Counting Craddick’s Woes
A D V E R T I S E M E N T
A D V E R T I S E M E N T
A local Democrat could help tip the scales in the Texas House.
By DAVE MCNEELY
While Gov. Rick Perry was off stumping in Iowa on behalf of Republican presidential candidate Rudy Giuliani, district-by-district political skirmishes were going on at home in Texas. And the outcomes, in primary and general elections next year, could determine whether controversial Republican House Speaker Tom Craddick can keep his job.
One surprising development came in Fort Worth, with the first-place finish on Nov. 4 of Democrat Dan Barrett, with 31.5 percent of the vote, in a special election to fill a vacancy in what has been solidly Republican District 97 in the Texas House.
The vacancy came about when 19-year incumbent Anna Mowery resigned several weeks ago. Seven Republicans ran to replace the Fort Worth Republican, but only one Democrat — plaintiff’s attorney Barrett, who said he won’t vote to keep Craddick as speaker should he be around for the 2009 legislative session.
He’ll be in a runoff in a few weeks with Mark Shelton, a doctor active in Tarrant County Republican politics, who got 22.9 percent of the vote. Shelton said he’d support Craddick’s continuing as speaker.
During an attempt to oust him from the speaker’s chair at the close of last session, Craddick claimed he had absolute authority over who would be recognized to speak and that no motion could be made to remove him without his approval.
If Barrett wins, that could cost Craddick a vote. However, that district is about 60 percent Republican — in fact 68.5 percent of the special-election votes went to Republicans — and for Barrett to win the runoff would take lots of grassroots effort and a move by independents to vote Democratic in usually ill-attended special elections.
Even if Barrett should win the special election, next year he’d have to win both the Democratic primary and the general election to get a chance to vote on the speaker’s race in 2009.
Barrett’s lead adds further energy to an effort that was buoyed by the September announcement from Republican Rep. Kirk England of Grand Prairie that he was switching to the Democrats.
If Barrett wins, the number of Democrats will be up to 71, contrasted to 79 Republicans, and the math starts to get interesting.
Of the 15 Democrats who sided with Craddick in 2007, some have retired, some have drawn Democratic primary opponents, and four have cut their ties with Craddick over his autocratic leadership style.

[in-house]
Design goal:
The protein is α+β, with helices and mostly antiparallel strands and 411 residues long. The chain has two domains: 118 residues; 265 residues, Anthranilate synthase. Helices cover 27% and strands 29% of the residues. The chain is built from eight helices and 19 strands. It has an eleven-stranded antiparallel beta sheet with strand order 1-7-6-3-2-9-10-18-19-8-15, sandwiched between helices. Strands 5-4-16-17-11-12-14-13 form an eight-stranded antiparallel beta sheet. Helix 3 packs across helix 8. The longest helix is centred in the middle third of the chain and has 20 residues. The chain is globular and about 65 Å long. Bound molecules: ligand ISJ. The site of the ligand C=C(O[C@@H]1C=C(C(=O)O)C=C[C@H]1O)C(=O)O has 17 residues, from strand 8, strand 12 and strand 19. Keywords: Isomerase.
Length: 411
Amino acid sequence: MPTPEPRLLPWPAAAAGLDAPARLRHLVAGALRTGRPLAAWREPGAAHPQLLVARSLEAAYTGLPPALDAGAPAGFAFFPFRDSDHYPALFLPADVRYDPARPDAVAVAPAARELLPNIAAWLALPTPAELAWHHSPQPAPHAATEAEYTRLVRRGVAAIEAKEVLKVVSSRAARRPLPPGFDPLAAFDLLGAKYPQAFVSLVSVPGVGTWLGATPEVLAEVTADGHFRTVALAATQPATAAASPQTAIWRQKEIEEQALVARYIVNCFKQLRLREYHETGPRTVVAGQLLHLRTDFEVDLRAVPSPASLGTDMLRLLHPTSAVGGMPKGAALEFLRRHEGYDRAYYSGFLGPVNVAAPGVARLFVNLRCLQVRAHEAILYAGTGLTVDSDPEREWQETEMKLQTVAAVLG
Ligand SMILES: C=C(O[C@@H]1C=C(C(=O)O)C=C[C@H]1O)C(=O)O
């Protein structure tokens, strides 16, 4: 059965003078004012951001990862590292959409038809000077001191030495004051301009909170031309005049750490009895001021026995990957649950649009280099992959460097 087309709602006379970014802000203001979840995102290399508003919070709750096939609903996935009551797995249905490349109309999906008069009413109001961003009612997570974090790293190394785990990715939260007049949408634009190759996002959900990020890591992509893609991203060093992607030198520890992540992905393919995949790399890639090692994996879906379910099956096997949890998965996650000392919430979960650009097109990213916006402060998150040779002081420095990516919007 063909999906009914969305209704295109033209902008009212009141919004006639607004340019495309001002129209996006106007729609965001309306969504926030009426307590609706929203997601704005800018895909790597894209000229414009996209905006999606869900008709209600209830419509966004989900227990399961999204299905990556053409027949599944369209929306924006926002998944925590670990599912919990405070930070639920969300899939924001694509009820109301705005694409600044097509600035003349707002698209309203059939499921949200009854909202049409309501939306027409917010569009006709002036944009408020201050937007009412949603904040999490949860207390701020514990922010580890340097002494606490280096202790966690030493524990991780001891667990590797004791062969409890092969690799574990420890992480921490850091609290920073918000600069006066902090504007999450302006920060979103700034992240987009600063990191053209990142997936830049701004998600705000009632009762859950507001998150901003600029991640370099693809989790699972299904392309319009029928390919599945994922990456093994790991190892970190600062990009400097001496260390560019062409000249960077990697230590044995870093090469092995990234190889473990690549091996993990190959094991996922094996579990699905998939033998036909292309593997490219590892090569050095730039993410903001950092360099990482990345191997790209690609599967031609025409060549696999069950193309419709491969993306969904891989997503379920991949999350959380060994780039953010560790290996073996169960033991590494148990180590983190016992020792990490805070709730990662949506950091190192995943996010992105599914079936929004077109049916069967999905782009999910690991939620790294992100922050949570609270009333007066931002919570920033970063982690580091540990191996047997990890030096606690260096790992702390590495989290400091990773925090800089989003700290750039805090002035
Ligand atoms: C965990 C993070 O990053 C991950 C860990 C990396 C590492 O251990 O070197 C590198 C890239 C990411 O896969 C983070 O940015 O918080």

Fourteen Republicans opposed Craddick, who’ll try to find primary opponents for them. He is likely to be a major issue in those races — and in races where Craddick loyalists like Mowery are retiring.
The Democrats hope the changed mood of the country and the state, the demographic changes that helped fuel the Democratic takeover of countywide offices in Dallas County, and the taint that has settled over Republicans in Congress will extend down the ballot.
The guarded optimism and new energy among Democrats is partly a result of the fact that in redistricting, Republicans did what the Democrats used to do to maximize their representation: They narrowed their majority in some districts to move Republicans to adjacent Democratic districts and make those districts flip.
It worked well for the Republicans in the few years since they gained control of Texas’ redistricting levers. But when the GOP margin in a district is cut to only a few percentage points, it doesn’t take much of a shift in sentiment or demographics to reverse the polarity.
That’s partly why three Travis County districts designed to elect Republicans now send Democrats to represent Austin.
It’s also why Sen. Mike Jackson of LaPorte, in a presumably solid Republican district, has drawn two Democratic opponents.
One is Joe Jaworski, a nephew of the late Watergate prosecutor Leon Jaworski, co-founder of the Fulbright and Jaworski law firm. The younger Jaworski served three terms on the Galveston City Council. He is well connected and aims to raise at least $1 million. The other is NASA contractor Bryan Hermann of Nassau Bay, a political novice.
Some Texas Democrats fear what will happen in the presidential race if Hillary Clinton is the nominee. One judicial candidate confided his dream:
Out at the forks of the creek, Pa says, “Ma, let’s go into town and vote against Hillary.”
To which Ma replies, “But that means we’d have to vote for Rudy Giuliani.”
“My fantasy,” the judicial hopeful said, “is that they’ll decide to stay home.”
Veteran Texas political reporter Dave McNeely can be reached at firstname.lastname@example.org.
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